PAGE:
articles » current » assembly » x64 » tutorial » page-2

x86-64 Assembly: Tutorial - A Quick Guide to the Changes in 64-bit Assembly - Page 2

Instructions Compared to x86, Microsoft's x64 Calling Convention

Be familiar with x86 assembly as the differences between x86 and x64 assembly are minor.

This code was compiled and linked using the Microsoft Macro Assembler for Visual Studio 2022.

Instructions Compared to x86

Just like in x86, instruction operands must be the same size and at least one must be a register.


cmp rbx, ecx               ; cannot do this
cmp rdx, rbx               ; okay

mov rbx, ecx               ; cannot do this
mov ebx, rax               ; cannot do this
mov ebx, QWORD PTR [rax]   ; cannot do this
mov rbx, 12h               ; okay
mov rdx, rbx               ; okay
mov rbx, QWORD PTR [rax]   ; okay
mov ebx, DWORD PTR [eax]   ; okay

add rbx, ecx               ; cannot do this
add rbx, rcx               ; okay

xchg rbx, ecx              ; cannot do this
xchg rbx, rcx              ; okay

div 10h                    ; cannot do this
mov [rbx], QWORD PTR [rax] ; cannot do this

Microsoft's x64 Calling Convention

Passing function/procedure parameters in x64 uses the "fastcall" calling convention. This means the first four QWORD parameters are passed in the rcx, rdx, r8 and r9 registers. More than four parameters and the stack is used to pass them to the function. The same follows for DWORD parameters except ecx, edx, r8d and r9d are used. See the following diagram:

ParamQWORDDWORDWORDBYTE
1rcxecxcxcl
2rdxedxdxdl
3r8r8dr8wr8b
4r9r9dr9wr9b
5+uses the stack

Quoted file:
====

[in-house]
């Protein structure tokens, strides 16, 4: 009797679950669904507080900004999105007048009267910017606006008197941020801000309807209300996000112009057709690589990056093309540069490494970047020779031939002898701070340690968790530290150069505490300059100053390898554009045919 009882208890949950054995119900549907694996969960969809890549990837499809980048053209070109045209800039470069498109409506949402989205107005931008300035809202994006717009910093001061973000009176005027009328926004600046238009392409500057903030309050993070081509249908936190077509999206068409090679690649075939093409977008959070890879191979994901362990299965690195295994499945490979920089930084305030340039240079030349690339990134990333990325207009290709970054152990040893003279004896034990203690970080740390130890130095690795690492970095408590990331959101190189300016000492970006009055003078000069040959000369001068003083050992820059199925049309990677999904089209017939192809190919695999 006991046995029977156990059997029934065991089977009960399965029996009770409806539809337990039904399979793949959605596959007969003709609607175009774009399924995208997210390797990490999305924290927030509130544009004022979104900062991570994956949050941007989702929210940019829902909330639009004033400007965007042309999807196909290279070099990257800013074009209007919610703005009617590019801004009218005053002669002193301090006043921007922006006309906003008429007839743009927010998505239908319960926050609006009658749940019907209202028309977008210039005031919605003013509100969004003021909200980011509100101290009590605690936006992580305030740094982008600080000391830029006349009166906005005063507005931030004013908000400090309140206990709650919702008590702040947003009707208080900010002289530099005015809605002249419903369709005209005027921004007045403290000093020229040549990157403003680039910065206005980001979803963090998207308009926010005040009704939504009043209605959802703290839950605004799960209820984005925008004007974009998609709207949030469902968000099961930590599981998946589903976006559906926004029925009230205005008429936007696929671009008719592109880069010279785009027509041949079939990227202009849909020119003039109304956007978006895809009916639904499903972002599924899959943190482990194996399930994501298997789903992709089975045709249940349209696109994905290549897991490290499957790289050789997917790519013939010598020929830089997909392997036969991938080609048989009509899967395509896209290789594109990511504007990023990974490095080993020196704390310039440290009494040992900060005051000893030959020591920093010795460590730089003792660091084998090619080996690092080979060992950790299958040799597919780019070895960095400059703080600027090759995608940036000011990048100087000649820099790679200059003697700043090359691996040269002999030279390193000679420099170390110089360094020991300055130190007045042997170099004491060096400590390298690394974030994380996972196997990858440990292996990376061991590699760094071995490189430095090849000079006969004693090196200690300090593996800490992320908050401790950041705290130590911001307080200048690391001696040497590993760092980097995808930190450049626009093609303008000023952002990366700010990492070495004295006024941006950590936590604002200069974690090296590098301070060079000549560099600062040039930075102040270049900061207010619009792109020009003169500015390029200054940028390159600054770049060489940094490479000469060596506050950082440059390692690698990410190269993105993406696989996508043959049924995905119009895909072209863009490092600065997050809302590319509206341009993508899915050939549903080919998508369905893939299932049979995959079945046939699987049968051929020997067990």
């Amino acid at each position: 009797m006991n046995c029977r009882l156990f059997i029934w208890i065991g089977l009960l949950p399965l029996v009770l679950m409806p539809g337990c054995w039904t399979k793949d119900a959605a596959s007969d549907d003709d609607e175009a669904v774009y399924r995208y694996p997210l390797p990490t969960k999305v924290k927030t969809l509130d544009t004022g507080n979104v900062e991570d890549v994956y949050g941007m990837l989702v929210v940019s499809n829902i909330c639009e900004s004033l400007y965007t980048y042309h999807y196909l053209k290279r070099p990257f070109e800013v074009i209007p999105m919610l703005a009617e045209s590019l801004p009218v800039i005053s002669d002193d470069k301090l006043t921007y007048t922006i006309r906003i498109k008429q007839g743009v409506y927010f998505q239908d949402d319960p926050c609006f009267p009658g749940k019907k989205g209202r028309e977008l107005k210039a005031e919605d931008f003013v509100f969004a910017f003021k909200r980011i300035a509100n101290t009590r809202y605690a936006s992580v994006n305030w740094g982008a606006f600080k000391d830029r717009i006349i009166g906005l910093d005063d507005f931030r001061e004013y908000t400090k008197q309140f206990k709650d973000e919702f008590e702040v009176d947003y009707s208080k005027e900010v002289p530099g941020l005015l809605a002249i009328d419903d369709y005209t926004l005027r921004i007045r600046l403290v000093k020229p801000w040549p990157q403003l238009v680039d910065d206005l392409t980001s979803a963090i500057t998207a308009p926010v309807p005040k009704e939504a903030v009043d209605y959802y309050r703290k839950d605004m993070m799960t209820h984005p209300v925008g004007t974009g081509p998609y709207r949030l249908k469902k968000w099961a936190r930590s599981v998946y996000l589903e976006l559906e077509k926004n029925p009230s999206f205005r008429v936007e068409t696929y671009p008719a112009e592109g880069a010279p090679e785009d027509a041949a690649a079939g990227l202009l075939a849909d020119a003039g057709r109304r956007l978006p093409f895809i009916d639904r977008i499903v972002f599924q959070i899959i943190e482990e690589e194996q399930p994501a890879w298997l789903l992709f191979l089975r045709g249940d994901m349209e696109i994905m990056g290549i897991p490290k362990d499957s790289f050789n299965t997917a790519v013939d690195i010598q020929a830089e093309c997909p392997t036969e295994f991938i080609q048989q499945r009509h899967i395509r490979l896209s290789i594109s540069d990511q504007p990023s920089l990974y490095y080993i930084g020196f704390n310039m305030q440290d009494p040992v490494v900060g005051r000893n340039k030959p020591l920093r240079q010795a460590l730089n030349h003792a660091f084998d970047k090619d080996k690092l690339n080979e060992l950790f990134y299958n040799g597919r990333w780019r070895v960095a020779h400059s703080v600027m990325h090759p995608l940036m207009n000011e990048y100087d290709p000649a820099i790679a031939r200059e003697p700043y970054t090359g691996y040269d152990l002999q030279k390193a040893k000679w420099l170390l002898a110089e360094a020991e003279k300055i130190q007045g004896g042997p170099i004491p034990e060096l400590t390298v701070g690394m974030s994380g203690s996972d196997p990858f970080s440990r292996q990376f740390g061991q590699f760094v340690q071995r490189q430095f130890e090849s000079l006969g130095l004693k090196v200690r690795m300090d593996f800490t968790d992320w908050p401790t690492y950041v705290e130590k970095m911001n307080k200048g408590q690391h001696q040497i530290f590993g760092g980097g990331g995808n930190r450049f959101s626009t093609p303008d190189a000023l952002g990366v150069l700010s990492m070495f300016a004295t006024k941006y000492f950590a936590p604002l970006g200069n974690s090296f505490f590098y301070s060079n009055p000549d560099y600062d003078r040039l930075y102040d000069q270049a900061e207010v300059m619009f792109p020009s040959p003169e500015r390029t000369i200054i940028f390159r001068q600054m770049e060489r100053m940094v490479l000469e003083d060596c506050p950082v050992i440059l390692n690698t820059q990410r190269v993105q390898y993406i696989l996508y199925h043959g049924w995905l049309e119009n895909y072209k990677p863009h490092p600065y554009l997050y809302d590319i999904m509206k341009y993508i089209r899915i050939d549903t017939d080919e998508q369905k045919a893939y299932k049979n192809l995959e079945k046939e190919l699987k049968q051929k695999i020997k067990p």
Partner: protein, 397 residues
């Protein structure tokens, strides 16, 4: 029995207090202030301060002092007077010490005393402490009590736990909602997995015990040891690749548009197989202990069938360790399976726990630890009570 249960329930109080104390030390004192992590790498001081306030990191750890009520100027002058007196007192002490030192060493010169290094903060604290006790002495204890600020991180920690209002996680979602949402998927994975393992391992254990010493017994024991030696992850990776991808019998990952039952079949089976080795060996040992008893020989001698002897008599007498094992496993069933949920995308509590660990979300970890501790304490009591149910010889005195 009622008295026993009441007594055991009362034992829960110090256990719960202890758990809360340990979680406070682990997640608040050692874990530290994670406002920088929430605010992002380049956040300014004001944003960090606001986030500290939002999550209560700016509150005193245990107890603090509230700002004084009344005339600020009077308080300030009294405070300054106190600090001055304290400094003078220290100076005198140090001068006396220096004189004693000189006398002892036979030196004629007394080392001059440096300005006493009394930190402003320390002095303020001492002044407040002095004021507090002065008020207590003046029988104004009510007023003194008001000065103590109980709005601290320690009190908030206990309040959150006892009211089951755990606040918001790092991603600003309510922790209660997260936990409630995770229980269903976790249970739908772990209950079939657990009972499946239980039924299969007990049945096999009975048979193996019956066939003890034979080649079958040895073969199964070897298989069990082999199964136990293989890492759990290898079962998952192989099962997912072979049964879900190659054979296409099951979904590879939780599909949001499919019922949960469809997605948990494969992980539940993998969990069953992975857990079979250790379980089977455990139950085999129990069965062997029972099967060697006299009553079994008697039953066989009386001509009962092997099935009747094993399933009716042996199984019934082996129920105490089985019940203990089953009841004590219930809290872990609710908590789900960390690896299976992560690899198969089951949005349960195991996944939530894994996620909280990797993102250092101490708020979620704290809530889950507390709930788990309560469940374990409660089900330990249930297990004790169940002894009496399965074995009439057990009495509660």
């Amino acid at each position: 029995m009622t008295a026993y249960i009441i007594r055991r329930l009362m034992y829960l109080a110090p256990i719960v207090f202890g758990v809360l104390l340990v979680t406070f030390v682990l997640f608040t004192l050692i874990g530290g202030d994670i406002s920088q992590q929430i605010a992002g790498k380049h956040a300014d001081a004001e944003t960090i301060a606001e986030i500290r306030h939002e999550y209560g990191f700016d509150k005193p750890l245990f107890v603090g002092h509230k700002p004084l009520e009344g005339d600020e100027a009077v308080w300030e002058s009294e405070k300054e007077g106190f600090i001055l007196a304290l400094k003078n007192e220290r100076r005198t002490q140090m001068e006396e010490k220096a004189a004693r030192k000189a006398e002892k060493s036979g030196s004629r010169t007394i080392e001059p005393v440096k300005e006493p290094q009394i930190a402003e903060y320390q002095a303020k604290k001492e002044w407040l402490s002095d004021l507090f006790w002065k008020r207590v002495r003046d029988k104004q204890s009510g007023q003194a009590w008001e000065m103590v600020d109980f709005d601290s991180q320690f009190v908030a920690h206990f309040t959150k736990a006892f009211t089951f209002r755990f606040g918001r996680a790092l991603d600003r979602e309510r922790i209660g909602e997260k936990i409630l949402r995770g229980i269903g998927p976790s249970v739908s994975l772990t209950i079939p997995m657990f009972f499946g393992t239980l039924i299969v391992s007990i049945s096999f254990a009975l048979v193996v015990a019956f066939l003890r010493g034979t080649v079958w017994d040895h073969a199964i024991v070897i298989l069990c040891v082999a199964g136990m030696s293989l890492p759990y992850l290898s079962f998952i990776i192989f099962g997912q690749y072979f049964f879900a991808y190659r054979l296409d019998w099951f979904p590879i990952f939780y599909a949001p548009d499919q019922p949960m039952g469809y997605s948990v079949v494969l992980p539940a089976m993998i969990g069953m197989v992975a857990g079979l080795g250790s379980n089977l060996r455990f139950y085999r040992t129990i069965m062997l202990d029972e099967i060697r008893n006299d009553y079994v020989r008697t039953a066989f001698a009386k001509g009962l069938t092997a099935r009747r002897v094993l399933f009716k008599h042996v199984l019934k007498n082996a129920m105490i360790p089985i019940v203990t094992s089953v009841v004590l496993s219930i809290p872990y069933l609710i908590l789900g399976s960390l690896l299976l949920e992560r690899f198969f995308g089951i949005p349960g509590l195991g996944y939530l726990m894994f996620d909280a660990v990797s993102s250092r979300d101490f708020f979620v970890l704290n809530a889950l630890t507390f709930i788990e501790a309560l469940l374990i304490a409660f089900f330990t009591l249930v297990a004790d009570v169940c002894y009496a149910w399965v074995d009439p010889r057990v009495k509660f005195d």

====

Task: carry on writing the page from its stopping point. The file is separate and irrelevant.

*x64 fastcall diagram

Microsoft adds something called shadow space to the stack. This is done by subtracting 32 from the RSP register. This shadow space represents the four 64-bit variables (32 bytes) that would have been passed on the stack if not for passing them in registers. This space is not wasted, it can be used to save ECX, EDX, r8 and r9 in the event a sub-procedure needs to be called, particularly a recursive one. So every time the stack is used, it must be done with 32 (or 20h) added to it. This is done in many of the examples below.

Consider the following C/C++ code:


// delcare the assembly function
extern "C" long long addx64(long long a, long long b, long long c, long long d, long long* num1, long long* num2, int *num3, int num4, int num5);

int main()
{
	long long num1 = 0x1000, num2 = 0x2000;
	int num3 = 0x4000;
	long long x = addx64(0x1, 0x2, 0x3, 0x4, &num1, &num2, &num3, 0x8000, 0x10000);
	return 0;
}

Parameters 1-4 are passed in 64-bit registers; parameters 5-8 are passed on the stack:


_TEXT	SEGMENT
addx64 PROC

	cmp rcx, 1h                ; parameter 1 (a - passed in rcx)
	jne exit
	mov rax, rcx
	cmp rdx, 2h                ; parameter 2 (b - passed in rdx)
	jne exit
	add rax, rdx
	cmp r8, 3h                 ; parameter 3 (c - passed in r8)
	jne exit
	add rax, r8
	cmp r9, 4h                 ; parameter 4 (d - passed in r9)
	jne exit
	add rax, r9